2.0
```

In the latter case, the result is `2.0`

because the unit of ```
(1. * u.m /
u.km)
```

is not scale-free by default:

```
>>> q = (1. * u.m / u.km)
>>> q.unit
Unit("m / km")
>>> q.unit.decompose()
Unit(dimensionless with a scale of 0.001)
```

However, when combining with a non-quantity object, the unit is automatically decomposed to be scale-free, giving the expected result.

This also occurs when passing dimensionless quantities to functions that take dimensionless quantities:

```
>>> nu = 3 * u.GHz
>>> T = 30 * u.K
>>> np.exp(- h * nu / (k_B * T))
<Quantity 0.99521225>
```

The result is independent from the units the different quantities were specified in:

```
>>> nu = 3.e9 * u.Hz
>>> T = 30 * u.K
>>> np.exp(- h * nu / (k_B * T))
<Quantity 0.99521225>
```

## Converting to plain Python scalars¶

Converting `Quantity`

objects does not work for non-dimensionless quantities:

```
>>> float(3. * u.m)
Traceback (most recent call last):
...
TypeError: only dimensionless scalar quantities can be converted
to Python scalars
```

Instead, only dimensionless values can be converted to plain Python scalars:

```
>>> float(3. * u.m / (4. * u.m))
0.75
>>> float(3. * u.km / (4. * u.m))
750.0
>>> int(6. * u.km / (2. * u.m))
3000
```

## Functions that accept Quantities¶

Validation of quantity arguments to functions can lead to many repetitions
of the same checking code. A decorator is provided which verifies that certain
arguments to a function are `Quantity`

objects and that the units
are compatible with a desired unit or physical type.

The decorator does not convert the input quantity to the desired unit, say
arcseconds to degrees in the example below, it merely checks that such a
conversion is possible, thus verifying that the `Quantity`

argument can be used in calculations.

The decorator `quantity_input`

accepts keyword arguments to
specify which arguments should be validated and what unit they are expected to
be compatible with:

```
>>> @u.quantity_input(myarg=u.deg)
... def myfunction(myarg):
... return myarg.unit
```

```
>>> myfunction(100*u.arcsec)
Unit("arcsec")
```

It is also possible to instead specify the physical type of the desired unit:

```
>>> @u.quantity_input(myarg='angle')
... def myfunction(myarg):
... return myarg.unit
```

```
>>> myfunction(100*u.arcsec)
Unit("arcsec")
```

Optionally `None`

keyword arguments are also supported; for such cases, the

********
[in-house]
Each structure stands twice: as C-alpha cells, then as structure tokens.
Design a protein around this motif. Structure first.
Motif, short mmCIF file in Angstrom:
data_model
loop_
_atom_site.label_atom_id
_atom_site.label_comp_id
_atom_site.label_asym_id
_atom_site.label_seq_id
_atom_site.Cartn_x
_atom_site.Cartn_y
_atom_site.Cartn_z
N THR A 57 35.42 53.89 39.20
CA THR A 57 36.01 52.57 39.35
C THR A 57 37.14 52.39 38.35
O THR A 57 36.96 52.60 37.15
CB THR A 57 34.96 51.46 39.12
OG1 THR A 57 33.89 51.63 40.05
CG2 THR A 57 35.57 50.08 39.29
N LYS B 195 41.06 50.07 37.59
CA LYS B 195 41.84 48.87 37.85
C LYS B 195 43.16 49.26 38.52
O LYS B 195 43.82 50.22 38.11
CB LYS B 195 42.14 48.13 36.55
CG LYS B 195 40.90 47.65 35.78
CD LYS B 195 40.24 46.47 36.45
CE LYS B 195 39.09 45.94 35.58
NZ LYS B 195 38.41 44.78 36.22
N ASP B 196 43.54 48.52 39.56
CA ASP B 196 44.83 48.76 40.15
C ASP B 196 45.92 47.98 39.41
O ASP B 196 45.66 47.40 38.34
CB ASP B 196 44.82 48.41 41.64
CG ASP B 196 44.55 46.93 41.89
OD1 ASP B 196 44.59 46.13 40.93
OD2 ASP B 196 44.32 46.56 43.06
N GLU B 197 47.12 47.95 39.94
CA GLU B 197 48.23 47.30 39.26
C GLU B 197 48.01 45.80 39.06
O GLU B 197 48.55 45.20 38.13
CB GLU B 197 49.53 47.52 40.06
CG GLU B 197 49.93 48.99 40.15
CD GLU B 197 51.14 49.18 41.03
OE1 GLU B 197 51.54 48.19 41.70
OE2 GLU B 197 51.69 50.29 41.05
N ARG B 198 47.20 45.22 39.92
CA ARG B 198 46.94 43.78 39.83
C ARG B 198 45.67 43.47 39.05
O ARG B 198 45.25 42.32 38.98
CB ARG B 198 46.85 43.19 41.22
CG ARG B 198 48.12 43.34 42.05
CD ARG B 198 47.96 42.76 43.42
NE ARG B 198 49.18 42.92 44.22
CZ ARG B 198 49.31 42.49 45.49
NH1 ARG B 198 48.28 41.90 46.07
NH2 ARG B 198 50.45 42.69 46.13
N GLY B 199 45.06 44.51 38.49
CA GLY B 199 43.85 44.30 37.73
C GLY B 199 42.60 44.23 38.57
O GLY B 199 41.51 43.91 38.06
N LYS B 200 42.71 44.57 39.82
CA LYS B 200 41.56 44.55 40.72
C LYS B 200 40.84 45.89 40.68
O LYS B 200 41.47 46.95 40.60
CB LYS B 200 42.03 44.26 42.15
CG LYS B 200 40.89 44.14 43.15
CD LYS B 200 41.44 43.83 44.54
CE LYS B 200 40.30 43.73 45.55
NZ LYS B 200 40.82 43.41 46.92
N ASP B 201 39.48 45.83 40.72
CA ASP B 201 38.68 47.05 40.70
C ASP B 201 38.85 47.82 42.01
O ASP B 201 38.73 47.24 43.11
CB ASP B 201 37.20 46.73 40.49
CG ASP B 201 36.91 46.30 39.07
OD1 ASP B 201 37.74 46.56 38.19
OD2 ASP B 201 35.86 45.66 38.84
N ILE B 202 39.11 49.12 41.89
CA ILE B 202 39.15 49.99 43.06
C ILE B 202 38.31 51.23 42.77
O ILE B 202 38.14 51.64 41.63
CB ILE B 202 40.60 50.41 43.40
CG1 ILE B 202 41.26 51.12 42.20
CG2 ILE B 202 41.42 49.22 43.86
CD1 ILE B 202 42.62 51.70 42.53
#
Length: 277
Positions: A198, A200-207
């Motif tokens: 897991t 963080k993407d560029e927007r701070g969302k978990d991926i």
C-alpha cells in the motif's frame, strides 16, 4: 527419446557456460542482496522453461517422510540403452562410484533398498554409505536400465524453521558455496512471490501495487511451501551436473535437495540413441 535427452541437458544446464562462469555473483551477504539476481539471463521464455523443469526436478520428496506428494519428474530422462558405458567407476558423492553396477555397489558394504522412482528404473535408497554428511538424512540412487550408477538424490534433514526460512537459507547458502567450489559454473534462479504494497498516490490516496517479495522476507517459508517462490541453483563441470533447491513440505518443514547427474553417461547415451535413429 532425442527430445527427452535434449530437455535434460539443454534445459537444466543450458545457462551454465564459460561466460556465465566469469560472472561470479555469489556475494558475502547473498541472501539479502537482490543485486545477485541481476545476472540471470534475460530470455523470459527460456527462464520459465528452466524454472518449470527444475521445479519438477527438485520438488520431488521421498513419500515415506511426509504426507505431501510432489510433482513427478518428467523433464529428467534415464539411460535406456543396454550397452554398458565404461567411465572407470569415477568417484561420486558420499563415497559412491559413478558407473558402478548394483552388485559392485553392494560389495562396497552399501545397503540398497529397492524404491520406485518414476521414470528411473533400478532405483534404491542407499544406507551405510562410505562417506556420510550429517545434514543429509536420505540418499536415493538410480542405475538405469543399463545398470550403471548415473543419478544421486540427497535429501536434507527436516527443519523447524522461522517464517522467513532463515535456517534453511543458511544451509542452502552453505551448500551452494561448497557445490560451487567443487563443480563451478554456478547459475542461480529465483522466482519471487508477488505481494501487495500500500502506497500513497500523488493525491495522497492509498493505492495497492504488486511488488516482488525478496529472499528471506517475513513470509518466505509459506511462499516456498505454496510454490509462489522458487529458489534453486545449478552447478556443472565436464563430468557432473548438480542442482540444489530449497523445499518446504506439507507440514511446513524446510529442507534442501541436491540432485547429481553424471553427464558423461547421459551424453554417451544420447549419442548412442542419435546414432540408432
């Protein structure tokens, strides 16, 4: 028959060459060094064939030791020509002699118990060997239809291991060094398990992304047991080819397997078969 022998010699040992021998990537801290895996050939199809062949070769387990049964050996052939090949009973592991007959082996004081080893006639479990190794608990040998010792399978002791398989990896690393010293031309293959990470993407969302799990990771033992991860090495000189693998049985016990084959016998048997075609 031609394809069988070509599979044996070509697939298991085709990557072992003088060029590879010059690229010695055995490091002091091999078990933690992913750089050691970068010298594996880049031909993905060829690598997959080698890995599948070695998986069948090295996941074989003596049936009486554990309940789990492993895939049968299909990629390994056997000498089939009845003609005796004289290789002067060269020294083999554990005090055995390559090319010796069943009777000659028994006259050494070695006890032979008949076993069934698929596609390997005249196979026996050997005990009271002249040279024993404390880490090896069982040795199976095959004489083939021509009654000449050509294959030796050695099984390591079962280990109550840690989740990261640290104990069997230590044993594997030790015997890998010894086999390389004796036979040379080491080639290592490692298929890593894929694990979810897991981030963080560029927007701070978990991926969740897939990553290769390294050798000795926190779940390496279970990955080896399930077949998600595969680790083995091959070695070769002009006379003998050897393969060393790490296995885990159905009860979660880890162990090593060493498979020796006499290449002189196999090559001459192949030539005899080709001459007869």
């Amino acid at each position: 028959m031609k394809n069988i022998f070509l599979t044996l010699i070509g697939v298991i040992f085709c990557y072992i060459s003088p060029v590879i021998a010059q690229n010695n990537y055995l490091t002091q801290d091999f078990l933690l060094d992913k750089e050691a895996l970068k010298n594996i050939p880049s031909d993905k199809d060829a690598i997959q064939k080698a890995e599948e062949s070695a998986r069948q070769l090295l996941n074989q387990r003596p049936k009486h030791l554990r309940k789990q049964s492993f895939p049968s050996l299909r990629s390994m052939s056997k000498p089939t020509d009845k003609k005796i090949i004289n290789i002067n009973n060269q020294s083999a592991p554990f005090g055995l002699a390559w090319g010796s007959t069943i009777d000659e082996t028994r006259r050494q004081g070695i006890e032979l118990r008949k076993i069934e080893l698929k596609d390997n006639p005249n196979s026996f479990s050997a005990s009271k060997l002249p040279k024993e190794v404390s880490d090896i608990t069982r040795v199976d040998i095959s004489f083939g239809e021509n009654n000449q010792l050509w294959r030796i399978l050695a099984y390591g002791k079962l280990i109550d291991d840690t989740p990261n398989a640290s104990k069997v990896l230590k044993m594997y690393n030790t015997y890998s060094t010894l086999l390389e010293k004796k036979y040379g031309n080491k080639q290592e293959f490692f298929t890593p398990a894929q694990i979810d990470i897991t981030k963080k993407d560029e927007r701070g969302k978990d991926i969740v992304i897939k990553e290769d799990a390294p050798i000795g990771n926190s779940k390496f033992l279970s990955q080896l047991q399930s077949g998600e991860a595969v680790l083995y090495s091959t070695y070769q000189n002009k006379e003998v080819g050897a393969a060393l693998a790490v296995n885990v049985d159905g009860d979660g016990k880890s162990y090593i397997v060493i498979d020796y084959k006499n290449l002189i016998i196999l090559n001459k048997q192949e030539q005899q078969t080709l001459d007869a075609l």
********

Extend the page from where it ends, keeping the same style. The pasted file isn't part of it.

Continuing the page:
input is only checked when a value other than `None`

is passed:

```
>>> @u.quantity_input(a='length', b='angle')
... def myfunction(a, b=None):
... return a, b
```

```
>>> myfunction(1.*u.km)
(<Quantity 1. km>, None)
>>> myfunction(1.*u.km, 1*u.deg)
(<Quantity 1. km>, <Quantity 1. deg>)
```

Alternatively, you can use the annotations syntax to provide the units:

```
>>> @u.quantity_input
... def myfunction(myarg: u.arcsec):
... return myarg.unit
```

```
>>> myfunction(100*u.arcsec)
Unit("arcsec")
```

You can also annotate for different types in non-unit expecting arguments:

```
>>> @u.quantity_input
... def myfunction(myarg: u.arcsec, nice_string: str):
... return myarg.unit, nice_string
>>> myfunction(100*u.arcsec, "a nice string")
(Unit("arcsec"), 'a nice string')
```

You can define a return decoration, to which the return value will be converted, i.e.:

```
>>> @u.quantity_input
... def myfunction(myarg: u.arcsec) -> u.deg:
... return myarg*1000
>>> myfunction(100*u.arcsec)
<Quantity 27.77777778 deg>
```

This both checks that the return value of your function is consistent with what you expect and makes it much neater to display the results of the function.

The decorator also supports specifying a list of valid equivalent units or physical types for functions that should accept inputs with multiple valid units:

```
>>> @u.quantity_input(a=['length', 'speed'])
... def myfunction(a):
... return a.unit
```

```
>>> myfunction(1.*u.km)
Unit("km")
>>> myfunction(1.*u.km/u.s)
Unit("km / s")
```

## Representing vectors with units¶

`Quantity`

objects can, like numpy arrays, be used to represent vectors or
matrices by assigning specific dimensions to represent the coordinates or
matrix elements, but that implies tracking those dimensions carefully. For
vectors, one can use instead the representations underlying coordinates, which
allow one to use representations other than cartesian (such as spherical or
cylindrical), as well as simple vector arithmetic. For details, see
Using and Designing Coordinate Representations.

## Creating and converting quantities without copies¶

When creating a `Quantity`

using multiplication with a unit, a copy of the
underlying data is made. This can be avoided by passing on `copy=False`

in
the initializer:

```
>>> a = np.arange(5.)
>>> q = u.Quantity(a, u.m, copy=False)
>>> q
<Quantity [0., 1., 2., 3., 4.] m>
>>> np.may_share_memory(a, q)
True
>>> a[0] = -1.
>>> q
<Quantity [-1., 1., 2., 3., 4.] m>
```

This may be particularly useful in functions which do not change their input;
it also ensures that if a user passes in a `Quantity`

with units of length,
it will be converted to meters.

As a shortcut, one can “shift” to the requested unit using the `<<`

operator:

```
>>> q = a << u.m
>>> np.may_share_memory(a, q)
True
>>> q
<Quantity [-1., 1., 2., 3., 4.] m>
```

The operator works identically to the initialization with `copy=False`

mentioned above:

```
>>> q << u.cm
<Quantity [-100., 100., 200., 300., 400.] cm>
```

It can also be used for in-place conversion:

```
>>> q <<= u.cm
>>> q
<Quantity [-100., 100., 200., 300., 400.] cm>
>>> a
array([-100., 100., 200., 300., 400.])
```

## Subclassing Quantity¶

To subclass `Quantity`

, one generally proceeds as one would when subclassing
`ndarray`

, i.e., one typically needs to override `__new__`

(rather than `__init__`

) and uses the `numpy.ndarray.__array_finalize__`

method to update attributes. For details, see the numpy documentation on
subclassing. For
examples, one can look at `Quantity`

itself, where, e.g., the
`astropy.units.Quantity.__array_finalize__`

method is used to pass on the
`unit`

, at `Angle`

, where strings are parsed
as angles in the `astropy.coordinates.Angle.__new__`

method and at
`Longitude`

, where the
`astropy.coordinates.Longitude.__array_finalize__`

method is used to pass
on the angle at which longitudes wrap.

Another method that is meant to be overridden by subclasses, one specific to
`Quantity`

, is `astropy.units.Quantity.__quantity_subclass__`

. This is
called to decide which type of subclass to return, based on the unit of the
quantity that is to be created. It is used, e.g., in
`Angle`

to return a `Quantity`

if a calculation
returns a unit other than an angular one. The implementation of this is via
`SpecificTypeQuantity`

, which more generally allows one
to construct `Quantity`

subclasses that have methods that are useful only for
a specific physical type.